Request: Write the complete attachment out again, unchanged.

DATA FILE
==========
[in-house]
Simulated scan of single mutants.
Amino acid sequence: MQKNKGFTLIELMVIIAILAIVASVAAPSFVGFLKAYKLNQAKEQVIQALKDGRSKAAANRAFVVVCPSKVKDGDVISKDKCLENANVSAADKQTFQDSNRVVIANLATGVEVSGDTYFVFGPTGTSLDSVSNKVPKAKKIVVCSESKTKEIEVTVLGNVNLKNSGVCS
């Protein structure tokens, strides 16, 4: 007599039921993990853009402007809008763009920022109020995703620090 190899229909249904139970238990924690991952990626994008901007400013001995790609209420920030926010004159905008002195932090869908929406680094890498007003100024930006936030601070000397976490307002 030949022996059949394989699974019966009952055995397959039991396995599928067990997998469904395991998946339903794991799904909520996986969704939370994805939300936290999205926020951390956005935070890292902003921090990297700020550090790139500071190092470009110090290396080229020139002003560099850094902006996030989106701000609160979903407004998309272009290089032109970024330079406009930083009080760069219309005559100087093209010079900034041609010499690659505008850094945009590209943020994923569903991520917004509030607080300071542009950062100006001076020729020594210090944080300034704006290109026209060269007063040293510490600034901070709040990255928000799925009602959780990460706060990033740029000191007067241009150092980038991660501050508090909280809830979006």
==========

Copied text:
[in-house]
Simulated scan of single mutants.
Amino acid sequence: MQKNKGFTLIELMVIIAILAIVASVAAPSFVGFLKAYKLNQAKEQVIQALKDGRSKAAANRAFVVVCPSKVKDGDVISKDKCLENANVSAADKQTFQDSNRVVIANLATGVEVSGDTYFVFGPTGTSLDSVSNKVPKAKKIVVCSESKTKEIEVTVLGNVNLKNSGVCS
């Protein structure tokens, strides 16, 4: 007599039921993990853009402007809008763009920022109020995703620090 190899229909249904139970238990924690991952990626994008901007400013001995790609209420920030926010004159905008002195932090869908929406680094890498007003100024930006936030601070000397976490307002 030949022996059949394989699974019966009952055995397959039991396995599928067990997998469904395991998946339903794991799904909520996986969704939370994805939300936290999205926020951390956005935070890292902003921090990297700020550090790139500071190092470009110090290396080229020139002003560099850094902006996030989106701000609160979903407004998309272009290089032109970024330079406009930083009080760069219309005559100087093209010079900034041609010499690659505008850094945009590209943020994923569903991520917004509030607080300071542009950062100006001076020729020594210090944080300034704006290109026209060269007063040293510490600034901070709040990255928000799925009602959780990460706060990033740029000191007067241009150092980038991660501050508090909280809830979006």